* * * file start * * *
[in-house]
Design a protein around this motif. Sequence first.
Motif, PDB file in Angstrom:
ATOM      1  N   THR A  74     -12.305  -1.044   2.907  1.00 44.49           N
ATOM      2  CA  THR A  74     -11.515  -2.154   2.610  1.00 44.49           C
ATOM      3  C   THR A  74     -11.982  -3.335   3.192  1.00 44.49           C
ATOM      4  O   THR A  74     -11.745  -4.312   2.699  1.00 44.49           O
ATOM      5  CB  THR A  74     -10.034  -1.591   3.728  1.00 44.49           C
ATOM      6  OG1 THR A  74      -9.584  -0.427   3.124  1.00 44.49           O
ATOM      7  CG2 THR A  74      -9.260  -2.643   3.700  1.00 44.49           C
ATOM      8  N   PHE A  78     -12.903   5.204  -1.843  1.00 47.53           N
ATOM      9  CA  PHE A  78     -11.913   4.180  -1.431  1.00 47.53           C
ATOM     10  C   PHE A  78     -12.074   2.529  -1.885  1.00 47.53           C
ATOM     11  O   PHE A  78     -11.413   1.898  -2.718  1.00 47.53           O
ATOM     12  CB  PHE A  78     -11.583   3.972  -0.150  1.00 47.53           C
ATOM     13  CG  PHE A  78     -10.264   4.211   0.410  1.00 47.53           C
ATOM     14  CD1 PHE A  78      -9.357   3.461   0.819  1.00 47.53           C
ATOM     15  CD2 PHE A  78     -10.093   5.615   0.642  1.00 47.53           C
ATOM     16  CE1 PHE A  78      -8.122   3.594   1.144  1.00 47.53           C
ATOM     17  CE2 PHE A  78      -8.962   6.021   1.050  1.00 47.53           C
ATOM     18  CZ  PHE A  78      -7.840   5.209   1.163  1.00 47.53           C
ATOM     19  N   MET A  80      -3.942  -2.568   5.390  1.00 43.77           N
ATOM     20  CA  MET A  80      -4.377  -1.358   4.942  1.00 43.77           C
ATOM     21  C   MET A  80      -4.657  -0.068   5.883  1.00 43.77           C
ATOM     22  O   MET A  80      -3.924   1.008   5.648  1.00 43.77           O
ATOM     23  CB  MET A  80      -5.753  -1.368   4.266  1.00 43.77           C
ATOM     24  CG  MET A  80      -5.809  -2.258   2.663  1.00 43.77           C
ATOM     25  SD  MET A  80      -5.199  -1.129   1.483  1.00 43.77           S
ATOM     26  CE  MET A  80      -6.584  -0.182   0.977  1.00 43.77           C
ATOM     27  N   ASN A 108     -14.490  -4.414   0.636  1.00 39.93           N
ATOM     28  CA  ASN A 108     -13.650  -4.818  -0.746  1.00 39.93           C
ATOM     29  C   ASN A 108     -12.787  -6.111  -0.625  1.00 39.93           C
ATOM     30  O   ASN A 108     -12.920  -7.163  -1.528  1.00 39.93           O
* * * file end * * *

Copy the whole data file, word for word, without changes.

[in-house]
Design a protein around this motif. Sequence first.
Motif, PDB file in Angstrom:
ATOM      1  N   THR A  74     -12.305  -1.044   2.907  1.00 44.49           N
ATOM      2  CA  THR A  74     -11.515  -2.154   2.610  1.00 44.49           C
ATOM      3  C   THR A  74     -11.982  -3.335   3.192  1.00 44.49           C
ATOM      4  O   THR A  74     -11.745  -4.312   2.699  1.00 44.49           O
ATOM      5  CB  THR A  74     -10.034  -1.591   3.728  1.00 44.49           C
ATOM      6  OG1 THR A  74      -9.584  -0.427   3.124  1.00 44.49           O
ATOM      7  CG2 THR A  74      -9.260  -2.643   3.700  1.00 44.49           C
ATOM      8  N   PHE A  78     -12.903   5.204  -1.843  1.00 47.53           N
ATOM      9  CA  PHE A  78     -11.913   4.180  -1.431  1.00 47.53           C
ATOM     10  C   PHE A  78     -12.074   2.529  -1.885  1.00 47.53           C
ATOM     11  O   PHE A  78     -11.413   1.898  -2.718  1.00 47.53           O
ATOM     12  CB  PHE A  78     -11.583   3.972  -0.150  1.00 47.53           C
ATOM     13  CG  PHE A  78     -10.264   4.211   0.410  1.00 47.53           C
ATOM     14  CD1 PHE A  78      -9.357   3.461   0.819  1.00 47.53           C
ATOM     15  CD2 PHE A  78     -10.093   5.615   0.642  1.00 47.53           C
ATOM     16  CE1 PHE A  78      -8.122   3.594   1.144  1.00 47.53           C
ATOM     17  CE2 PHE A  78      -8.962   6.021   1.050  1.00 47.53           C
ATOM     18  CZ  PHE A  78      -7.840   5.209   1.163  1.00 47.53           C
ATOM     19  N   MET A  80      -3.942  -2.568   5.390  1.00 43.77           N
ATOM     20  CA  MET A  80      -4.377  -1.358   4.942  1.00 43.77           C
ATOM     21  C   MET A  80      -4.657  -0.068   5.883  1.00 43.77           C
ATOM     22  O   MET A  80      -3.924   1.008   5.648  1.00 43.77           O
ATOM     23  CB  MET A  80      -5.753  -1.368   4.266  1.00 43.77           C
ATOM     24  CG  MET A  80      -5.809  -2.258   2.663  1.00 43.77           C
ATOM     25  SD  MET A  80      -5.199  -1.129   1.483  1.00 43.77           S
ATOM     26  CE  MET A  80      -6.584  -0.182   0.977  1.00 43.77           C
ATOM     27  N   ASN A 108     -14.490  -4.414   0.636  1.00 39.93           N
ATOM     28  CA  ASN A 108     -13.650  -4.818  -0.746  1.00 39.93           C
ATOM     29  C   ASN A 108     -12.787  -6.111  -0.625  1.00 39.93           C
ATOM     30  O   ASN A 108     -12.920  -7.163  -1.528  1.00 39.93           O